Ordinals NFTs (also known as digital artifacts or inscriptions) permit users to mint non-fungible tokens onto the Bitcoin network, complete with images. Since 2015, NFTs have been a part of the Bitcoin ecosystem on Counterparty, a blockchain network that distinguished non-fungible assets using Bitcoin’s OP RETURN function.
The developer behind the Ordinals protocol released it in January of 2023. It lets users explore, send, and receive individual satoshis, which may contain unique inscribed data such as photographs and movies. It’s a novel method for minting NFTs on Bitcoin that requires placing the entire NFT‘s content on-chain.
Ordinals: an overview of BTC NFTs
At least, it appears that Bitcoin Ordinals have taken over Web3. Since software programmer Casey Rodarmor unveiled the protocol on January 21, the space has been humming, with some delighted about the new improvement and others swearing off Ordinals entirely.
Ordinals quickly rose to prominence. Within a few weeks of going live, unique collections and eye-popping sales emerged, with some individual pieces fetching hundreds of thousands of dollars. Ordinal Punks is one of the more significant projects to emerge in these early days.
Ordinal Punks is a set of 100 Bitcoin NFTs created inside the first 650 Inscriptions on the Bitcoin chain, paying respect to CryptoPunks – the highest numbered Inscription in the collection is #642.
Xverse rolls out support for Bitcoin Ordinals
Bitcoin has recently recorded its 100,000th Ordinal transaction, continuing its explosive growth pattern. Given that Bitcoin’s initial inventors did not envision NFTs, their emergence has inevitably created controversy, with many individuals uncertain as to whether they will harm or benefit the network.
Xverse, which bills itself as a “Bitcoin wallet for Web3,” has now released support for Ordinals, a newly popular technology that enables users to inscribe NFTs onto the Bitcoin network.
The startup added that inscribing NFTs through their software requires “no need to run a node, complex software, or anything else,” only Bitcoin to pay a transaction fee, which can be purchased within the app.
Inscriptions are made using Gamma.io, a Bitcoin NFT marketplace that launched “no-code ordinal inscriptions” last week. According to Xverse, Gamma’s technique has been used in around 5% of Bitcoin inscriptions so far.
After uploading an image and making a transaction to their supplied Ordinals address, users can locate their inscriptions inside their Xverse NFT collection within 20 to 30 minutes—and embedded in the blockchain forever.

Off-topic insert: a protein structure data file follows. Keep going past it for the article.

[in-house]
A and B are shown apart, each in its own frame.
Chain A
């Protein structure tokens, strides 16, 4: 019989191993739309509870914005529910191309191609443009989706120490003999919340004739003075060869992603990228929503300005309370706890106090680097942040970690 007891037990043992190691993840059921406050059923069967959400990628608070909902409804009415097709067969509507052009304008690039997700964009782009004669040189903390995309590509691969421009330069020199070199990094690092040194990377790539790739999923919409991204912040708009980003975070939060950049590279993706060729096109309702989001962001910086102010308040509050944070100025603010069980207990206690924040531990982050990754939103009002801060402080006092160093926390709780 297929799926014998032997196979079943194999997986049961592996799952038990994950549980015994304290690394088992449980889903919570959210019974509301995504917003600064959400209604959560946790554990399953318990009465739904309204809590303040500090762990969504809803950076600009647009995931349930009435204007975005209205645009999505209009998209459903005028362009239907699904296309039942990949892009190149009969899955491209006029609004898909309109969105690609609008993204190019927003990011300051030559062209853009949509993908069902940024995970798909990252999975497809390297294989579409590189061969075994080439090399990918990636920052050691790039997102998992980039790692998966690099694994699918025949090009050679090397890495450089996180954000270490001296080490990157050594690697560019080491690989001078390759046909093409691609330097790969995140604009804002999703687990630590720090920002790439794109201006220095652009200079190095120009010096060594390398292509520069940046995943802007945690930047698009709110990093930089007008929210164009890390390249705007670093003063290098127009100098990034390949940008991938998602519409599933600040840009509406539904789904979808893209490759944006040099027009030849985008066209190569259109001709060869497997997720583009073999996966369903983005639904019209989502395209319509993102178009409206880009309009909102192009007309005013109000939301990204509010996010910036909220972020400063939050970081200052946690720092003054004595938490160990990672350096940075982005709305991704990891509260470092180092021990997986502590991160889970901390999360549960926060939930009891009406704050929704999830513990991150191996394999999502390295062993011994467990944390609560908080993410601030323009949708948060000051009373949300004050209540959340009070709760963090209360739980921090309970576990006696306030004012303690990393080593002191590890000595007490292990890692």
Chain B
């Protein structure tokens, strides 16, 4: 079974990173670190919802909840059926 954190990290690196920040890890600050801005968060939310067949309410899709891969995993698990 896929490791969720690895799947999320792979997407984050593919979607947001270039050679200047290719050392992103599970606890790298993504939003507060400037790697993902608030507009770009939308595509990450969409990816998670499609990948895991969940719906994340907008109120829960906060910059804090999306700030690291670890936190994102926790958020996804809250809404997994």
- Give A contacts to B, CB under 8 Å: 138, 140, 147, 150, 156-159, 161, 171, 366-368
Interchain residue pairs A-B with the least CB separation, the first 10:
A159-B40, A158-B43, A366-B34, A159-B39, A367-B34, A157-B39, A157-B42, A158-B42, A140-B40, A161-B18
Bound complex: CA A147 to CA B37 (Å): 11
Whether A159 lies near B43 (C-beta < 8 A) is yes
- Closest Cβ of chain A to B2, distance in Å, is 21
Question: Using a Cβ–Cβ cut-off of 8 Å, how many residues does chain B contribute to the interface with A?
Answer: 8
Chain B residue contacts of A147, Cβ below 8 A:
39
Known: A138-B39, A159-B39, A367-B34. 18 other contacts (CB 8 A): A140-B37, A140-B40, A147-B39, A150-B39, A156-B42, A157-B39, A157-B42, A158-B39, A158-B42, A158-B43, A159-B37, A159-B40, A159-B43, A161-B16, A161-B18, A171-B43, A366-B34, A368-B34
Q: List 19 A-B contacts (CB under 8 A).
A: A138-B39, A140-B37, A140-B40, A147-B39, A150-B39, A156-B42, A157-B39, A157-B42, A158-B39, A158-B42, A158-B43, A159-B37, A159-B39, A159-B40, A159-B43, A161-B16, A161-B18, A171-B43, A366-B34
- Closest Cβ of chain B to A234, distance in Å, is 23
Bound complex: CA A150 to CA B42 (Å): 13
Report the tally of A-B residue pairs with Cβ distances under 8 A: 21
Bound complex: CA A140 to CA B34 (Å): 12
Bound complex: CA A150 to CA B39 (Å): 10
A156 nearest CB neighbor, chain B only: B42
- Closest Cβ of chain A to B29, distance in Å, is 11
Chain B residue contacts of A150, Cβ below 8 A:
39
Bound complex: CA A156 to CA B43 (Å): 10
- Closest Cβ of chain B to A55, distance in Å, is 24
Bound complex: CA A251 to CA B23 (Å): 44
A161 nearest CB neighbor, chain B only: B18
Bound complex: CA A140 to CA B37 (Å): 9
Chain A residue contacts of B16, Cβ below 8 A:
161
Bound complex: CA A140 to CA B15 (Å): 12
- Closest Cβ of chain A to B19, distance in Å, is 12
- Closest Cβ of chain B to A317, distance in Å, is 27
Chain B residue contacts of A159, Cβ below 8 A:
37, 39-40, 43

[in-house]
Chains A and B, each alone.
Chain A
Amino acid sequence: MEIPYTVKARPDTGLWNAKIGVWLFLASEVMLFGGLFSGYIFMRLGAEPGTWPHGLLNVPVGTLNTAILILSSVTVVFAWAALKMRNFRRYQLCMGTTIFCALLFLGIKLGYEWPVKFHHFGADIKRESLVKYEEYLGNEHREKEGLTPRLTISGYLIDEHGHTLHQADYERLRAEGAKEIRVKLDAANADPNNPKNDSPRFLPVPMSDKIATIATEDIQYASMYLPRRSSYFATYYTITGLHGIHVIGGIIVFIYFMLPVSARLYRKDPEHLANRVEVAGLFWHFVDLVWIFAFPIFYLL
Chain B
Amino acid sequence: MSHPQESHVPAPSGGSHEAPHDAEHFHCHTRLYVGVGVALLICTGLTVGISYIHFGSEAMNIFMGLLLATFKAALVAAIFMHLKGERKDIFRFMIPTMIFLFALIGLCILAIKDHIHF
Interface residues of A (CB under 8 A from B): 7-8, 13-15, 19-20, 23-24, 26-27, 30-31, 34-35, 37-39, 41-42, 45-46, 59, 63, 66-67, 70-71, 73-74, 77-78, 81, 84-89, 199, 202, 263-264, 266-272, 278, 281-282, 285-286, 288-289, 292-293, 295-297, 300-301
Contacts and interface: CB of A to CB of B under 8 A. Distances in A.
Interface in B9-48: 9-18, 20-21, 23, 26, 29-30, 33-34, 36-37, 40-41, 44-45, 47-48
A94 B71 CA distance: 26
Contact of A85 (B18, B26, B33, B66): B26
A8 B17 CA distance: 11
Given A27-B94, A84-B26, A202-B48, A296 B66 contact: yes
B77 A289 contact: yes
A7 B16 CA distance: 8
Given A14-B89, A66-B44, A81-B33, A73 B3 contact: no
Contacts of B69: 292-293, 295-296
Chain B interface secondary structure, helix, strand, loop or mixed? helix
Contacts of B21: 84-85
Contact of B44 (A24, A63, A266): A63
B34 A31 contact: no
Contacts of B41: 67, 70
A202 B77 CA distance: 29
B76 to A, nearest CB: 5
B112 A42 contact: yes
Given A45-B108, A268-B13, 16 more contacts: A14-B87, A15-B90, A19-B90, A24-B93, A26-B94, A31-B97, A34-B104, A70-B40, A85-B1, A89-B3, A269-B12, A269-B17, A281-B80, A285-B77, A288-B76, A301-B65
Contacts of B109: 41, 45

This comes just a day after Hiro, another Bitcoin-focused Web3 wallet, added inscriptions to its testnet on Tuesday. Both wallets interface with Stacks, a “layer 1.5” blockchain with its own NFT economy that settles transactions on Bitcoin.
Xverse, too, allows Bitcoin users to communicate with Stacks, with ambitions to enable fast payments via the lightning network.
5 steps on how to inscribe Ordinals NFT
Until recently, the only method to inscribe an ordinal was with a fully synced Bitcoin node, which is expensive and necessitates considerable technical knowledge. However, gamma, the leading Bitcoin NFT platform, has now made it simple and inexpensive to inscribe Bitcoin Ordinal NFTs.
With this no-code tool, you can set your transaction cost based on network congestion. Prominent artists and enterprises such as Megapont Ape Club are coming to the marketplace. They offer fascinating NFT collections to capitalize on the scarcity and immutability of Bitcoin L1. Here’s how it works:
Install the Xverse Desktop Chrome browser plugin. Then, connect to Gamma.io and choose your type of inscription.
You have the option of immediately inscribing an image or text onto the Bitcoin blockchain. Then, choose the chosen file from your device to upload your inscription. Gamma suggests keeping your files under 35kb in size for the greatest results.
The cost varies with file size, which is the same as the transaction fee you would pay for the speed of confirmation. Remember that anybody can see your inscription and that it can never be modified or deleted. Make certain that what you publish is exactly what you intended.
You can now select your transaction charge based on network congestion. Keep in mind that the greater the charge, the sooner your transcription will be completed. However, this could take several hours or even several days. Choose “Continue” and enter your transaction fee. The fees range from standard to high to custom.
These figures are estimates, and Bitcoin network fees are required to complete your inscription. Therefore, higher fees are preferred and may speed up the issuance of your inscription. However, even large fees can take hours or days to settle on the blockchain.
Now you must input the recipient’s ordinal address. To receive your Bitcoin NFT, you must have a fresh, unused, Ordinals-compatible taproot Bitcoin receiving address. Navigate to the NFT tab in your Xverse wallet and press the receive button for Ordinal NFTs.
Copy the recipient address from a taproot and paste it into Gamma’s BTC wallet recipient address section. Gamma cannot guarantee you will be able to transmit your ordinal from a non-taproot address if you provide a BTC recipient address that is incompatible with the ordinals.
Finally, you will agree to the terms of service and deposit the needed BTC amount to the wallet address to pay the inscription cost. To pay for the transaction, you’ll need BTC, which you can buy straight in your Xverse app using a fiat onramp provider. Once the sale is confirmed, you will receive a link to your inscription and transaction details on http://Ordinals.com.
That’s all there is to it! You’ve just etched your name into Bitcoin NFT history. Depending on the network load, your inscription may take several days to appear in your Xverse NFT collection. You can check your transaction’s status with Gamma on the completion screen.